Zotac's quickly building a reputation as the witch doctor of computers. The company isn't shrinking heads, it's shrinking PCs. Zotac's latest creation is the A75-ITX WiFi platform, a mini-PC built around AMD's A75 chipset with support for socket FM1 accelerated processing units (APUs) and utilizing the mini-ITX form factor. Despite it's small size, the A75-ITX WiFi comes wielding a very big spec sheet.
Small. Simple. Smart. Those are the three goals MSI set out to achieve with its new Wind Box DC100, which the company is describing as a fashionable mini PC with an eco-chic design. Tear open the DC100 and you'll find the latest AMD Brazos platform running the show with an E-450 dual-core processor clocked at 1.65GHz and Radeon HD 6320 discrete class graphics.
So what if summer is over, the weather is still good for fishing, and AMD is hoping to reel in entry-level system builders working on a tight budget. The bait? A pair of new Fusion-powered A-series accelerated processing units (APUs), the A4-3300 and A4-3400. With the introduction of the A4-3300, the cost of entry for a desktop APU is now just $70, or at least that's where AMD wants it to be at.
AMD today rolled out its E45M1-Pro micro-ATX motherboard built around AMD's Fusion-powered "Zacate" platform. Browsing through Asus' product pages, it's the only board we could find to come embedded with AMD's dual-core E-450 APU (accelerated processing unit), AMD's fastest Zacate APU to date with a 1.65GHz clockspeed and integrated Radeon HD 6320 graphics.
MSI dabbles in both motherboards and graphics cards (as well as other components and products), and maybe that gives them an advantage when it comes to building boards for AMD's upcoming Fusion processors. Whether or not that's the case, MSI isn't bashful about laying claim to the "world's fastest mainboard with integrated graphics," the newly released A75MA-G55 built around AMD's FM1 socket.
Motherboard makers are preparing for the launch of AMD's upcoming Llano line of Accelerated Processing Units (APUs). That includes Asus who today revealed its first boards sporting the necessary FM1 socket to support AMD's A-series APUs and powered by the AMD A75 chipset. New boards include the F1A75-V EVO and V1A75-V Pro, both of which Asus promises will offer "exceptional overclocking" capabilities and a range of proprietary and next-gen technologies.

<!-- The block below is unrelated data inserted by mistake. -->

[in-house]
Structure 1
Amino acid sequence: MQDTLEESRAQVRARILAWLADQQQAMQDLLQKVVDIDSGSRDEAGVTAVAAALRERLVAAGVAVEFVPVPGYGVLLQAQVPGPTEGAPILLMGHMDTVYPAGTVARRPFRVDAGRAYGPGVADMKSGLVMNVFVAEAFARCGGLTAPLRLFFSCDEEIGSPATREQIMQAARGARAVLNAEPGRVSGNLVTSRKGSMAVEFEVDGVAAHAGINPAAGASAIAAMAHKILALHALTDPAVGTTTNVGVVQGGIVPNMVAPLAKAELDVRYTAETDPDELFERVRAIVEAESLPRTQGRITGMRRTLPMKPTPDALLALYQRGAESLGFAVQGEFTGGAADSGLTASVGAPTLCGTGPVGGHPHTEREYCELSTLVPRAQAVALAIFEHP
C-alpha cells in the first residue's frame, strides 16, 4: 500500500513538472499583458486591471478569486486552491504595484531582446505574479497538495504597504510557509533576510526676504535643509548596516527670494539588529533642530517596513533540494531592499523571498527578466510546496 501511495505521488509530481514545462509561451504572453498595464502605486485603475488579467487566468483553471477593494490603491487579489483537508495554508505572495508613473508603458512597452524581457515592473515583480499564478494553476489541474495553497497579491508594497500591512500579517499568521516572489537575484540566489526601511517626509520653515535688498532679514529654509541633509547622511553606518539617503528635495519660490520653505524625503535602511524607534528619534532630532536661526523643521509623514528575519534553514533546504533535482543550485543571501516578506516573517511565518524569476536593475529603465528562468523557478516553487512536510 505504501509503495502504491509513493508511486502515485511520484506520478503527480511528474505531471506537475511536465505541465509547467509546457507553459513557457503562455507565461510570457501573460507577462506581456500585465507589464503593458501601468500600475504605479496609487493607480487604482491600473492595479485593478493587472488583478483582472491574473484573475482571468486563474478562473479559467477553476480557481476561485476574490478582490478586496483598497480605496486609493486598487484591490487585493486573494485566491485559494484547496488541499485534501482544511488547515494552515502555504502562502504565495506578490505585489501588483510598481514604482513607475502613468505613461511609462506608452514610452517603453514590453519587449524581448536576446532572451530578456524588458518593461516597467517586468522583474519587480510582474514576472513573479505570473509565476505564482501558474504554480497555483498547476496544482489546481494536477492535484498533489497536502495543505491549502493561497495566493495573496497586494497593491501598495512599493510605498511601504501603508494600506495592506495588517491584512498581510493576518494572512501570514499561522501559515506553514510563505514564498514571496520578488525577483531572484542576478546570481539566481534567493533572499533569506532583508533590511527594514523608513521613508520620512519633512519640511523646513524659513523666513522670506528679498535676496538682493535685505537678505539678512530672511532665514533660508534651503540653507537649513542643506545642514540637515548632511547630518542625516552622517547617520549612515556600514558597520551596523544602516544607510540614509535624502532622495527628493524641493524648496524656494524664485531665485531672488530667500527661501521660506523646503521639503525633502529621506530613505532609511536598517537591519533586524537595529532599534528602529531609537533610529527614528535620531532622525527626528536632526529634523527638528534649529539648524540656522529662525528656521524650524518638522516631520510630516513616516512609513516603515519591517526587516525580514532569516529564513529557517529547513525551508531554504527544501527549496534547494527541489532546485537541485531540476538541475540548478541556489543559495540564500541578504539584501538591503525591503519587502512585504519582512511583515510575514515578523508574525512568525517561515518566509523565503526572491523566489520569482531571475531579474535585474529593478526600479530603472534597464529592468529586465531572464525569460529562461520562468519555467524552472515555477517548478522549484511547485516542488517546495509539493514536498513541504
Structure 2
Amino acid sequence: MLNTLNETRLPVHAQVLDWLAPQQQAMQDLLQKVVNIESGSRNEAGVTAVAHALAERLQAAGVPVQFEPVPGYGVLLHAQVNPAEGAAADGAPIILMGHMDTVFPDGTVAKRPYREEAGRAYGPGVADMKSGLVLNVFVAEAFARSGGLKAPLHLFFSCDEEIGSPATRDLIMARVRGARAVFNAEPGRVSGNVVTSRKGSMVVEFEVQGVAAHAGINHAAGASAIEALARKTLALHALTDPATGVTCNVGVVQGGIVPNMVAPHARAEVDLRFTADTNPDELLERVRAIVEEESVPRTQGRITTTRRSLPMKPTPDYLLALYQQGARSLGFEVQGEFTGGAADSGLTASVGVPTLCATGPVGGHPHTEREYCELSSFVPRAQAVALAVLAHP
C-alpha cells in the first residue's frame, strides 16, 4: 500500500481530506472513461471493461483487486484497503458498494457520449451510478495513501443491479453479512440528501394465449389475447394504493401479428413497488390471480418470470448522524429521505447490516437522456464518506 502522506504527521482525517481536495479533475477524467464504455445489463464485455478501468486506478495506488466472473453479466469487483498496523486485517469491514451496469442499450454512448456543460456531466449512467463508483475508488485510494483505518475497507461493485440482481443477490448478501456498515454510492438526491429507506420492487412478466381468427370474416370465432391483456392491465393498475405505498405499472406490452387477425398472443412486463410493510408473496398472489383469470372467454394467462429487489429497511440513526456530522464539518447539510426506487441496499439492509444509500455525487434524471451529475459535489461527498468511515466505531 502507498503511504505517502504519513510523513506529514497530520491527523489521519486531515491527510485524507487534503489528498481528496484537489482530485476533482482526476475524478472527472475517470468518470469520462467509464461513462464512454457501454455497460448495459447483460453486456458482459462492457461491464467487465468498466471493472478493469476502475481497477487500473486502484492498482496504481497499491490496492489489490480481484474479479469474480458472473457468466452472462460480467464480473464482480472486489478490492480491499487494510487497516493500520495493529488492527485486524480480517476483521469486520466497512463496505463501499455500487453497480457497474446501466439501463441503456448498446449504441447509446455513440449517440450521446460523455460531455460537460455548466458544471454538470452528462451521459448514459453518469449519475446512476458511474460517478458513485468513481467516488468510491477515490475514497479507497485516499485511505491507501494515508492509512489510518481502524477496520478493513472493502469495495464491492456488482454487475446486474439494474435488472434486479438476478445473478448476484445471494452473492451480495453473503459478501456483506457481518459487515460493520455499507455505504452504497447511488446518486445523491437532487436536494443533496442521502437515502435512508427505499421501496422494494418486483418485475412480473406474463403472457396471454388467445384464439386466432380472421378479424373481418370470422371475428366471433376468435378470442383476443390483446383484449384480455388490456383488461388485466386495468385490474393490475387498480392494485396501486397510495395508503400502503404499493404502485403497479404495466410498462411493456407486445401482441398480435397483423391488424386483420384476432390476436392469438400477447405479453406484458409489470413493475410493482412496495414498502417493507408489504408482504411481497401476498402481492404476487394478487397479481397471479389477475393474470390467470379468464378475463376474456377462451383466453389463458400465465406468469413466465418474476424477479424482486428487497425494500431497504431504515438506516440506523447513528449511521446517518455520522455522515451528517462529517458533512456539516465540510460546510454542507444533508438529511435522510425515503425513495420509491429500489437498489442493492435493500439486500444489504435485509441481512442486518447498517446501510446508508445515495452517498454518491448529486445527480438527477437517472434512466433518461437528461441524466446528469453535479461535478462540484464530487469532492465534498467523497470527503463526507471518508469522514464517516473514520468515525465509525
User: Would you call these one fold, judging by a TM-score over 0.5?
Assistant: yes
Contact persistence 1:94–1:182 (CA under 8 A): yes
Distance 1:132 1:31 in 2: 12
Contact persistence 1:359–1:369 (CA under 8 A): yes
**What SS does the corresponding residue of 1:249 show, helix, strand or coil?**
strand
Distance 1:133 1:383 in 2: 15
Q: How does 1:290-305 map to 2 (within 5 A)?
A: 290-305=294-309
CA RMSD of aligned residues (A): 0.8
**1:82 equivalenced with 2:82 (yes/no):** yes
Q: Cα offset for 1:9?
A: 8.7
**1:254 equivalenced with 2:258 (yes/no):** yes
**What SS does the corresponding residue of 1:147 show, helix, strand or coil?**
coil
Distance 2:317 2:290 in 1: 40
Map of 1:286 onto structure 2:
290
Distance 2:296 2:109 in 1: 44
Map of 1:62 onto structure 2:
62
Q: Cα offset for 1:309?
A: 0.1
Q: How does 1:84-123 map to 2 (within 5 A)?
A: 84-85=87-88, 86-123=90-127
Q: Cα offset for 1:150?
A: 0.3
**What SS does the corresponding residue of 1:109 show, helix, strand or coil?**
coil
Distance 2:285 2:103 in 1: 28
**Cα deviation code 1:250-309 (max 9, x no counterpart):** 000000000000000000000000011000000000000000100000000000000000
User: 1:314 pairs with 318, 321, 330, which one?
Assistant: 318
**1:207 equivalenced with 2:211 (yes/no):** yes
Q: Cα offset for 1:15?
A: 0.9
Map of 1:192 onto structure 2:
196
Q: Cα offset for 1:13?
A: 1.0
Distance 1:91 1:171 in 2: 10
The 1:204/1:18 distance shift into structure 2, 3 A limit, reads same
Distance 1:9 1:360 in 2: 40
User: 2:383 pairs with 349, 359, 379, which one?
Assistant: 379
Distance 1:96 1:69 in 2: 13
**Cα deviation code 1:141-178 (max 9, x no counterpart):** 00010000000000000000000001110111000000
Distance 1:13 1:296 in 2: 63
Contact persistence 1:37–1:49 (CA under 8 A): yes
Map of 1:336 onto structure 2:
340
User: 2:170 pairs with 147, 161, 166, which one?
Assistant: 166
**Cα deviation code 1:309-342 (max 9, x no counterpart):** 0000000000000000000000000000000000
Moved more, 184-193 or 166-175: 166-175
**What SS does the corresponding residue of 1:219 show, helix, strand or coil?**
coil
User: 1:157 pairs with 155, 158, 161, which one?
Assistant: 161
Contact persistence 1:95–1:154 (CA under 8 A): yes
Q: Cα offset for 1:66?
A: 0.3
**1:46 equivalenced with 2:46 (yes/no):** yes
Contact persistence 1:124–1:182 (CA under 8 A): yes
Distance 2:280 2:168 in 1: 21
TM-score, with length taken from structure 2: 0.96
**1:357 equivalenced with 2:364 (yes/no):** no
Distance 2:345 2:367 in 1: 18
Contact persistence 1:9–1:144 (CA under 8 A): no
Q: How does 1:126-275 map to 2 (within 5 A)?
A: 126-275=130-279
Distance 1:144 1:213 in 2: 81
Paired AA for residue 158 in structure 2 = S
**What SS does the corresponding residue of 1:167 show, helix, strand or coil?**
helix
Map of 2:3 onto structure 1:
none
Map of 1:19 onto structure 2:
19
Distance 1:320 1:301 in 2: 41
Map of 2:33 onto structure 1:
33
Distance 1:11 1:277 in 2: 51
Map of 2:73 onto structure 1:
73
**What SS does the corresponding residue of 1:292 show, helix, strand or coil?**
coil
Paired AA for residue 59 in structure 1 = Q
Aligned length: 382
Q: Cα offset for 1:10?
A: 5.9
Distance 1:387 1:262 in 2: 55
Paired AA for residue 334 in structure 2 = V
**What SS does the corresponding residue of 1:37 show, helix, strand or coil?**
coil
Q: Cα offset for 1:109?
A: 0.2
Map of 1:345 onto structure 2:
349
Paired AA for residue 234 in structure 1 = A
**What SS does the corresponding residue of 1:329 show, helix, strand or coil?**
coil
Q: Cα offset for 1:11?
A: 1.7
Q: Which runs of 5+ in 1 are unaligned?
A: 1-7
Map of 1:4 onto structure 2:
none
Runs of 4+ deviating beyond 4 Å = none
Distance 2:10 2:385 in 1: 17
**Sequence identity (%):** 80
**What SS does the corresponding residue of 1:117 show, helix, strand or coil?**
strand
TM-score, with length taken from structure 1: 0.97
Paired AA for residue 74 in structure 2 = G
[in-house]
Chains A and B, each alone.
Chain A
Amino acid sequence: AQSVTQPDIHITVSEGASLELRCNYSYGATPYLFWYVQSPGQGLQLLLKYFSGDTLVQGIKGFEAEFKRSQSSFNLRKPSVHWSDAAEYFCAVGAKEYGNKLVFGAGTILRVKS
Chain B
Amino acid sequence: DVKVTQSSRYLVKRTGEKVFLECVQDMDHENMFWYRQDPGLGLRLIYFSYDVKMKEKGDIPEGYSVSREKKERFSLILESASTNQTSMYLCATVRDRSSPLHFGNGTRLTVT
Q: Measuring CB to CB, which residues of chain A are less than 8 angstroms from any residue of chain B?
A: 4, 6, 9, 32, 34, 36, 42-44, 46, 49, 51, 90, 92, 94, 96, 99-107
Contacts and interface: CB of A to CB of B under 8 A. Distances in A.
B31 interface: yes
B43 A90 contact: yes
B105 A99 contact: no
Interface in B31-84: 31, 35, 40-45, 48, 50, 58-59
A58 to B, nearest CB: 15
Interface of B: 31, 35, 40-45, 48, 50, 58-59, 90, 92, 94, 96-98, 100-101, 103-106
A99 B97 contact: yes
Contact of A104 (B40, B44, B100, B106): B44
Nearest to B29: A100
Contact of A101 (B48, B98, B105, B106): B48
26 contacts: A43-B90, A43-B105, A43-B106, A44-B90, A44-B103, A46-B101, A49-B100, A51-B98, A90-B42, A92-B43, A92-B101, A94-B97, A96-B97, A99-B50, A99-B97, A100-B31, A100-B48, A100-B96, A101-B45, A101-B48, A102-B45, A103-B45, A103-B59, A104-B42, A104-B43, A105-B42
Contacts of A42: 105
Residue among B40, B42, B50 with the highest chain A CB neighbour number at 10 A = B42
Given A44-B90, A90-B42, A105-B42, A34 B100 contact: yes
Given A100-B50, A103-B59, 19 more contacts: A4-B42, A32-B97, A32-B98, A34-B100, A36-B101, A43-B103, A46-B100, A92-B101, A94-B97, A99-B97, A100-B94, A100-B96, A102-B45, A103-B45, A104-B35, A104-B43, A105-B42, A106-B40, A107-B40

For better or worse, long gone are the days when memory kits were marketed based on frequency and timings alone. Now we have memory kits marketed for specific platforms and processors, a trend that's underscored by Patriot Memory's new "Gamer 2 (G2) Series, AMD Edition" aimed at -- *drum roll* -- gamers putting together an AMD-based system.
Apple might want us to believe the Netbook is dead, but if sales of AMD’s all new Fusion series are any indication, the market is indeed alive and well. AMD claims it has shipped five million units of its Atom competitor since it launched back in January, and is struggling to meet demand.
Lenovo has started shipping its IdeaPad S205, an 11.6-inch ultraportable built around AMD's Fusion platform. The heart and soul of this system consists of AMD's E-350 APU (Accelerated Processing Unit), which combines a dual-core 1.6GHz CPU and Radeon HD 6310 graphics. The S205 is the first of Lenovo's S Series announced back at CES and starts out at $499.
You've heard that big things come in small packages, and after peering over the spec sheet for Zotac's new Fusion ITX Wi-Fi A-series motherboard, we have no reason to doubt the wisdom in that statement. This also happens to be Zotac's first Fusion motherboard, so perhaps the company was looking to make a statement. Mission accomplished.